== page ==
Results and Discussion
The author reports that in this study, preservice teachers, provided with a site-specific tutor training for their field experience, benefited in terms of increased pedagogical knowledge.
The embedded tutoring workshops for the SFME course were designed to provide the future educators with a set of fundamental skills and knowledge for tutoring the students and calibrated to benefit preservice teachers in their early development as informed educators.
Because these fundamental techniques and concepts are also more broadly applicable to the act of teaching, the workshops served as early professional development.
Further, the workshop curriculum was designed in collaboration with the partner school, which frontloaded the learning experience with content that was specifically applicable to the field placement site.
The implementation of site-specific practices during the tutoring, e.g. conducting DIBELS testing, also added professional value to the content as the preservice teachers could see themselves mirroring the work of the classroom teachers.
The design of the tutoring workshops, in conjunction with the experience of applying that content, was successful in advancing preservice teacher’s preparation to become better educators.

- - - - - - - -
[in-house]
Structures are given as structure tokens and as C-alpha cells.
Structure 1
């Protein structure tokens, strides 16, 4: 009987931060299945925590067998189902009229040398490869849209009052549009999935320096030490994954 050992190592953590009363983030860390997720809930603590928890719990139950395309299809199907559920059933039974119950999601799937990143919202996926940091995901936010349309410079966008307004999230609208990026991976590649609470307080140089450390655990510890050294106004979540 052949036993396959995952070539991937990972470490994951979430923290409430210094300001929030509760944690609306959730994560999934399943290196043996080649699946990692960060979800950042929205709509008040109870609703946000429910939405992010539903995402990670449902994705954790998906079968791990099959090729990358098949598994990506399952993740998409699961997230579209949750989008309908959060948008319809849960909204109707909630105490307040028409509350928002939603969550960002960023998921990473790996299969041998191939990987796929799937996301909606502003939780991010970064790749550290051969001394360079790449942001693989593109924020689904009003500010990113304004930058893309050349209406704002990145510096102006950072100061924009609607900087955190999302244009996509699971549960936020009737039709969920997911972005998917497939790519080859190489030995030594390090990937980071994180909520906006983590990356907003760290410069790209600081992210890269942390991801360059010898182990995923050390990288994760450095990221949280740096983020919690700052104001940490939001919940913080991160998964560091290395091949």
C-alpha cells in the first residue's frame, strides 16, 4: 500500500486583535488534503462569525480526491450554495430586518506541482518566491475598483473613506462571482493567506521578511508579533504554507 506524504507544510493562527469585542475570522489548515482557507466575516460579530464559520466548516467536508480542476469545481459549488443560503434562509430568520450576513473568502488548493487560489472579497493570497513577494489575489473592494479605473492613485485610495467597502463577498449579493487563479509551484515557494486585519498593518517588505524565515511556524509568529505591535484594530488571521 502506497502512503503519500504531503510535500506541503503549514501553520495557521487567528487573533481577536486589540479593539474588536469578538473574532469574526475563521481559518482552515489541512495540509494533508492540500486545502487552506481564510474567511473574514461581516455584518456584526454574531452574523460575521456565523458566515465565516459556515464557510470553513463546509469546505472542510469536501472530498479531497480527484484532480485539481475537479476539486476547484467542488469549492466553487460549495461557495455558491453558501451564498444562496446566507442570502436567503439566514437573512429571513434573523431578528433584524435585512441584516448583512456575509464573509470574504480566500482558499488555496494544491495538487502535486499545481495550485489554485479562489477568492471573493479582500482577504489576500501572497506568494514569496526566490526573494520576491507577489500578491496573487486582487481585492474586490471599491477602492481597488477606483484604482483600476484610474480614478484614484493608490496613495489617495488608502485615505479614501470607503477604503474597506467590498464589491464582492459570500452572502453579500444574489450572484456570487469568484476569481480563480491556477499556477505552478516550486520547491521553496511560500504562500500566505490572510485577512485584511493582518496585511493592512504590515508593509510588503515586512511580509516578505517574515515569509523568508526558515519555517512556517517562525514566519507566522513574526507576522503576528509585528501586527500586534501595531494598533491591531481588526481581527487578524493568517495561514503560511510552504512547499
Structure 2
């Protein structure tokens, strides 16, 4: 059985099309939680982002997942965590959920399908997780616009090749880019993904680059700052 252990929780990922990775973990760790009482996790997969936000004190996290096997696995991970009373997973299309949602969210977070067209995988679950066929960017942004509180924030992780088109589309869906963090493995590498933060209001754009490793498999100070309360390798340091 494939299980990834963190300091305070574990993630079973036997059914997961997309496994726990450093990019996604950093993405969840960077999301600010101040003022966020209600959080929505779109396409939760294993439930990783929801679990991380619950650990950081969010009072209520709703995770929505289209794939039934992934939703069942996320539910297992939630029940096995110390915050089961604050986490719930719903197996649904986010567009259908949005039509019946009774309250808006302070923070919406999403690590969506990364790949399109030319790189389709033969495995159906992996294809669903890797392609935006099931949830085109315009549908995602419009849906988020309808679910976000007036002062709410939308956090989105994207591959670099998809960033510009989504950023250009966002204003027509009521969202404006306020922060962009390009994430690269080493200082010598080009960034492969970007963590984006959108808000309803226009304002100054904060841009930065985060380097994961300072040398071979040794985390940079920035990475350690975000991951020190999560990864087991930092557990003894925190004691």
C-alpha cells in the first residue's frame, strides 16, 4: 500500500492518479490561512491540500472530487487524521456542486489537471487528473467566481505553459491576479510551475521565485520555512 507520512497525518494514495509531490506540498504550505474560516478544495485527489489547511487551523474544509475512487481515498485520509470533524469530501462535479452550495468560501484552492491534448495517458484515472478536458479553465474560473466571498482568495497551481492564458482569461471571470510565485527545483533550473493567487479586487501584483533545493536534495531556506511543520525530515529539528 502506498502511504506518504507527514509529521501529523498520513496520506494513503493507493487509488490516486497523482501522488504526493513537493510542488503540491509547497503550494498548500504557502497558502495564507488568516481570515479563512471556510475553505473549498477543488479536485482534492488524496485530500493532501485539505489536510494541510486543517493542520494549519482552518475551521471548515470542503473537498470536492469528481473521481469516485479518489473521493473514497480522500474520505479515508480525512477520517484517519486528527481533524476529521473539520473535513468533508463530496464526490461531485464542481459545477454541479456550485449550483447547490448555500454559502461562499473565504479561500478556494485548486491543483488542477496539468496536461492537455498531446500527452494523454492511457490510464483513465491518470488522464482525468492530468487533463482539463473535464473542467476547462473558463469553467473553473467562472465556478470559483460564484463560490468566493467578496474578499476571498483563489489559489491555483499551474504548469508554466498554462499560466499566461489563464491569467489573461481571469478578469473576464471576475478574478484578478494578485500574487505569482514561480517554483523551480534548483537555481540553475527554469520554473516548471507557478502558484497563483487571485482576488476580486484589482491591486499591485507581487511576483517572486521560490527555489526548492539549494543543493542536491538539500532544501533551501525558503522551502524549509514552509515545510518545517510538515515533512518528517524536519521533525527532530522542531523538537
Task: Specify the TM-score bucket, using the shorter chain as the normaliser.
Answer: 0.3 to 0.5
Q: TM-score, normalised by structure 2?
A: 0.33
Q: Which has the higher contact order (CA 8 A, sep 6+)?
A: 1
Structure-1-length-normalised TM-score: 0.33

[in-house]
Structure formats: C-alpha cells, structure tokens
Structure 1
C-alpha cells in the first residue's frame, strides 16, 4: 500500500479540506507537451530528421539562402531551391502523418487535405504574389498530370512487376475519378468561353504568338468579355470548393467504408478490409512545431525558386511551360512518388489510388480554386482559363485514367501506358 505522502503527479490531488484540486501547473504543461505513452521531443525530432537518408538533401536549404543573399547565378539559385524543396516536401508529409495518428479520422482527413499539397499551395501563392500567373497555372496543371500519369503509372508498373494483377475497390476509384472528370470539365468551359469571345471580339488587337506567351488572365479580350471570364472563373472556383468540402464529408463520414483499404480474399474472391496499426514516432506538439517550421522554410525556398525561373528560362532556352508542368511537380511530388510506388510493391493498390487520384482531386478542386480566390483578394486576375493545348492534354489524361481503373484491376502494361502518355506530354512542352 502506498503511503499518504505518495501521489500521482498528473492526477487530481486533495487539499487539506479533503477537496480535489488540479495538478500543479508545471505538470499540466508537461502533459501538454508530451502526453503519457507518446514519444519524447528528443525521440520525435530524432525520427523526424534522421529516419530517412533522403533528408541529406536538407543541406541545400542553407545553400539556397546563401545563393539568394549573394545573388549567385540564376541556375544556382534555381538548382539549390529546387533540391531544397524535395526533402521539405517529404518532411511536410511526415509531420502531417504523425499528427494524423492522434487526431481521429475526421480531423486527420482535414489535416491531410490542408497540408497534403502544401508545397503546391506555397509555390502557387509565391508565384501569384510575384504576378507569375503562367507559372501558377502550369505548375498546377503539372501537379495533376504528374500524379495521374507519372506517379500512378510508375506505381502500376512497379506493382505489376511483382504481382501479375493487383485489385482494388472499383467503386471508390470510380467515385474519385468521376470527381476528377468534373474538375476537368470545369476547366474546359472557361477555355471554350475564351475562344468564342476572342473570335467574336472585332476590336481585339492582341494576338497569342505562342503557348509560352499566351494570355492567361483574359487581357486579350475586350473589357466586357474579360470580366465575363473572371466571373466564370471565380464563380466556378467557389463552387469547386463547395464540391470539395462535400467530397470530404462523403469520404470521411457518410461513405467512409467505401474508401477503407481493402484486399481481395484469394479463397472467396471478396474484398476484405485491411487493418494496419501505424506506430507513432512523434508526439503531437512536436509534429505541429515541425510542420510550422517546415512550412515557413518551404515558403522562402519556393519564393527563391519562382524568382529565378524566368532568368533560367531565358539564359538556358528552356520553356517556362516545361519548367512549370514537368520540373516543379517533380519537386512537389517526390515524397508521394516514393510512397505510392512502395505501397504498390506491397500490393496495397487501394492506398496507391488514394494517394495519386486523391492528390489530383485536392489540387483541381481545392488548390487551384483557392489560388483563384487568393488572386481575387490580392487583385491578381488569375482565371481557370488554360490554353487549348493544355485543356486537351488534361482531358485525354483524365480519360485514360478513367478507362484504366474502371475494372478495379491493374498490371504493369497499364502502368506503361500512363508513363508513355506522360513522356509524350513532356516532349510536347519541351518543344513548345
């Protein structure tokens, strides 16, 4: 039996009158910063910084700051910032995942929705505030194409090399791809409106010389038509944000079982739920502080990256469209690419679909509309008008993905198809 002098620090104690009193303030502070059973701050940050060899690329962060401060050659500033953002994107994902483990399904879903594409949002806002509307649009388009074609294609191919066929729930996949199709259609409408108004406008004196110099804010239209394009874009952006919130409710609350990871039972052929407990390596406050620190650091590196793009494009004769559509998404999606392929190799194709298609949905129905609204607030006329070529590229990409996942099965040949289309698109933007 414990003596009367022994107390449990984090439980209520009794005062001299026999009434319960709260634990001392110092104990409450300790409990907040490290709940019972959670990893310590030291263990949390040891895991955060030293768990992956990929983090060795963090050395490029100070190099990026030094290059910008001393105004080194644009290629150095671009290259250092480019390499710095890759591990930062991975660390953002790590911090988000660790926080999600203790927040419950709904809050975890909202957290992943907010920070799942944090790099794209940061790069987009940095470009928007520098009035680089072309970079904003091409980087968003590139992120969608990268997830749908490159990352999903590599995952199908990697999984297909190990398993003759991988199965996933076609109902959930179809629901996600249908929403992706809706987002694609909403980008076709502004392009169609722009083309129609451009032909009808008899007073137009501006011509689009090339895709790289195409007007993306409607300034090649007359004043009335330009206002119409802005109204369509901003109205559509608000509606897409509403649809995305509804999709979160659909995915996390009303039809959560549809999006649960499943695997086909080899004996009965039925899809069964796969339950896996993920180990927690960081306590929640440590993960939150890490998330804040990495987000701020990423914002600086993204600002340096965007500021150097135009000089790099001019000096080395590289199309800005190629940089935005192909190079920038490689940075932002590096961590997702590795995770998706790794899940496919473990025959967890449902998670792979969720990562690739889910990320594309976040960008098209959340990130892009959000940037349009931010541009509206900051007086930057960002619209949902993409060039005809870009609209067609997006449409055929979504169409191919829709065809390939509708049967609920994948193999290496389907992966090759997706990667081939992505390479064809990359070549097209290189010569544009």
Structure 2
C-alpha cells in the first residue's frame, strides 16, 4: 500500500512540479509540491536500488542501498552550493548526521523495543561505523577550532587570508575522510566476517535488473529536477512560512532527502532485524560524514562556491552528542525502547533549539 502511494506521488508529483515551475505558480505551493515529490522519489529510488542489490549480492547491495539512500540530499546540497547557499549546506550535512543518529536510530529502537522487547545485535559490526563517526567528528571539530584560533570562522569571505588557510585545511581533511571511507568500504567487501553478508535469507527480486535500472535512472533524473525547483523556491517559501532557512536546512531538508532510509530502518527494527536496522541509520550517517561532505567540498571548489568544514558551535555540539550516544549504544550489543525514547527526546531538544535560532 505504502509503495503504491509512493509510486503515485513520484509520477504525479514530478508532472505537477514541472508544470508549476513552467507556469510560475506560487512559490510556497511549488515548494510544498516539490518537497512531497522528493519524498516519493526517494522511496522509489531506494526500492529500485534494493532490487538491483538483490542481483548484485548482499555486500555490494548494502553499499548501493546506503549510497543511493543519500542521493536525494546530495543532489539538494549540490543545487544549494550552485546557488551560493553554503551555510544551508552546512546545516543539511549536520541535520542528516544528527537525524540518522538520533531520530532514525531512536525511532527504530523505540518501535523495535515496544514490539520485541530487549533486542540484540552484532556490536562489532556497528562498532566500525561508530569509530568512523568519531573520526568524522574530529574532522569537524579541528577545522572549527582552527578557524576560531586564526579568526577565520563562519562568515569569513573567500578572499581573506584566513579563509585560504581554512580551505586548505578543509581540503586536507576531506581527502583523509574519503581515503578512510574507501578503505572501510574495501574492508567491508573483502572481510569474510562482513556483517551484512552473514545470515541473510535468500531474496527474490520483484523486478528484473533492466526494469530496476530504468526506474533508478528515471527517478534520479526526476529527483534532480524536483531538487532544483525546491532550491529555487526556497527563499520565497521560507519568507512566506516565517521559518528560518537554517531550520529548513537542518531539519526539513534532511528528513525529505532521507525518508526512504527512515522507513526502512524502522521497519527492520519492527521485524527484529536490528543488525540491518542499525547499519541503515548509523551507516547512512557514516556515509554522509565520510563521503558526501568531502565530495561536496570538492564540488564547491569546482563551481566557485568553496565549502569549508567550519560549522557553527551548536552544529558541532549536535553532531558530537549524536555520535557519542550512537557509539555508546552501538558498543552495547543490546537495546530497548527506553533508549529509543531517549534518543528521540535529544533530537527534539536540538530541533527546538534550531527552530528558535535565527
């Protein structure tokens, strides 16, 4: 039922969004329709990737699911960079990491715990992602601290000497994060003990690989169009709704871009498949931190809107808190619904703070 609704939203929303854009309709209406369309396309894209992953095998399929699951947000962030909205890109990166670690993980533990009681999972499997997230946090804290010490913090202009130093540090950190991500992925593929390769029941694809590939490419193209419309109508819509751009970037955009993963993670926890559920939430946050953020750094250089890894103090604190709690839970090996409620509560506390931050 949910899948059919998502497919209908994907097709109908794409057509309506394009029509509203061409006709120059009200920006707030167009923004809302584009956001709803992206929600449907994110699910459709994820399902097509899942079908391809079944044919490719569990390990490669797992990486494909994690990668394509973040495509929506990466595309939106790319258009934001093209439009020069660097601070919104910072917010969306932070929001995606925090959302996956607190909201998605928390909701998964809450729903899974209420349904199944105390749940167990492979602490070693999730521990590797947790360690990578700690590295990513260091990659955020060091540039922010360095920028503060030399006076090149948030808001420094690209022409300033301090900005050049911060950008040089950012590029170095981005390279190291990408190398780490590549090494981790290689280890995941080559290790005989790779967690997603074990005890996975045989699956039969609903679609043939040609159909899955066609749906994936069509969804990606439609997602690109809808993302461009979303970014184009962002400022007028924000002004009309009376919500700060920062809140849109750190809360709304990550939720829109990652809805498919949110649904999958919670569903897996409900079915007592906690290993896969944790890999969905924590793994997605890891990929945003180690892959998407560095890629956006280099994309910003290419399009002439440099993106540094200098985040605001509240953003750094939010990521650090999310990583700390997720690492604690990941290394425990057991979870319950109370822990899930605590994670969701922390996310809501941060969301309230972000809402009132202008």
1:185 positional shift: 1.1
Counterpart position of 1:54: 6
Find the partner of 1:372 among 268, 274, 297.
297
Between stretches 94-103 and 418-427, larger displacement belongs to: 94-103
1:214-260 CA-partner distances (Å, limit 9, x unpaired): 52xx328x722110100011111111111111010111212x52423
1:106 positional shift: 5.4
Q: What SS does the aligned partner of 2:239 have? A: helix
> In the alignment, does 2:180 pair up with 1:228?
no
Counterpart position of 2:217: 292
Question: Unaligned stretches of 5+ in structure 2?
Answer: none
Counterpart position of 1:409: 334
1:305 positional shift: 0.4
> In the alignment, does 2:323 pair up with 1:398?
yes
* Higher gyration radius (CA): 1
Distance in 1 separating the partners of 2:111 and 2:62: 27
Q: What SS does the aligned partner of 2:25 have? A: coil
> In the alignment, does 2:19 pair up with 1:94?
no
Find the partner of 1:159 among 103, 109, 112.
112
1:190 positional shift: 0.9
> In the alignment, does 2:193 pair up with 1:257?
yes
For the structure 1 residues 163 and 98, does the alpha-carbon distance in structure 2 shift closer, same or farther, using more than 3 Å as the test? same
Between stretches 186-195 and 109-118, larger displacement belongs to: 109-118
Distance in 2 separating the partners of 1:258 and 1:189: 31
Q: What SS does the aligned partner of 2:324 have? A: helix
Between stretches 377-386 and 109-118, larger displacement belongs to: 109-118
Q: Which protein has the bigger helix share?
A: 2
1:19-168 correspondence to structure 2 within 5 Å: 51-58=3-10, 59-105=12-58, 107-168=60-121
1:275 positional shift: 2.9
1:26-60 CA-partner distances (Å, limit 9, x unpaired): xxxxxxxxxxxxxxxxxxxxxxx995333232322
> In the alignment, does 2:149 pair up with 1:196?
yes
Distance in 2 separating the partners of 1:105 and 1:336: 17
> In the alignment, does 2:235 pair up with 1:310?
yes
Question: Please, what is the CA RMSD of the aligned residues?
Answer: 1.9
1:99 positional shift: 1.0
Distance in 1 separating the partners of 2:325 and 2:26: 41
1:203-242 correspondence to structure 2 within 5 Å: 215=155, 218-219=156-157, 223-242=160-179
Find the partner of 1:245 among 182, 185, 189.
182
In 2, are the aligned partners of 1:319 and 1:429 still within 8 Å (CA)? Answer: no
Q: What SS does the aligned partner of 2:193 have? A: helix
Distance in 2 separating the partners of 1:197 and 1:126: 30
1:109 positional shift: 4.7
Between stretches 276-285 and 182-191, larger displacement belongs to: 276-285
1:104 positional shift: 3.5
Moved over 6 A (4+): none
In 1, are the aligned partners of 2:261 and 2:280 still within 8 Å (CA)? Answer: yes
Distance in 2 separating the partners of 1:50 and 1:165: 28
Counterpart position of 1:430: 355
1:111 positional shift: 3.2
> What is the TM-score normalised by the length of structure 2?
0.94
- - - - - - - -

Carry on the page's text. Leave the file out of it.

The author also notes that participants in the current study also demonstrated advances in teaching self efficacy among the participants, which may serve them as future teachers by improving their teaching confidence and their persistence in the face of future challenges.
Applicable training followed by the opportunity to observe the effects of that training as a result of the preservice teachers’ own efforts creates the conditions for mastery experiences that foster self-efficacy.
Building these experiences over the course of a semester then supports the preservice teachers’ own beliefs in their capabilities as teachers, which is consistent that gains in teaching self-efficacy are the outcome of the mastery experiences that the tutors experienced.
Tutors, in these studies, noted differences in the tutees’ growth and credited that growth to their own efforts.
This sense of instructional success then informed their self-efficacy.
The author concludes that currently, the teaching professional requires public school teachers to contend with a variety of external constraints, from highly structured instructional schedules to the demands of high-stakes testing.
Furthermore, even though the university classroom can address these issues conceptually, it does not lend itself to teaching future educators how to practically manage these demands.
What the university classroom can do is provide layered opportunities for preservice teachers to increase their knowledge stores and self efficacy for working with students and their learning needs and to provide a sound pedagogical foundation upon which they can then negotiate the institutional context.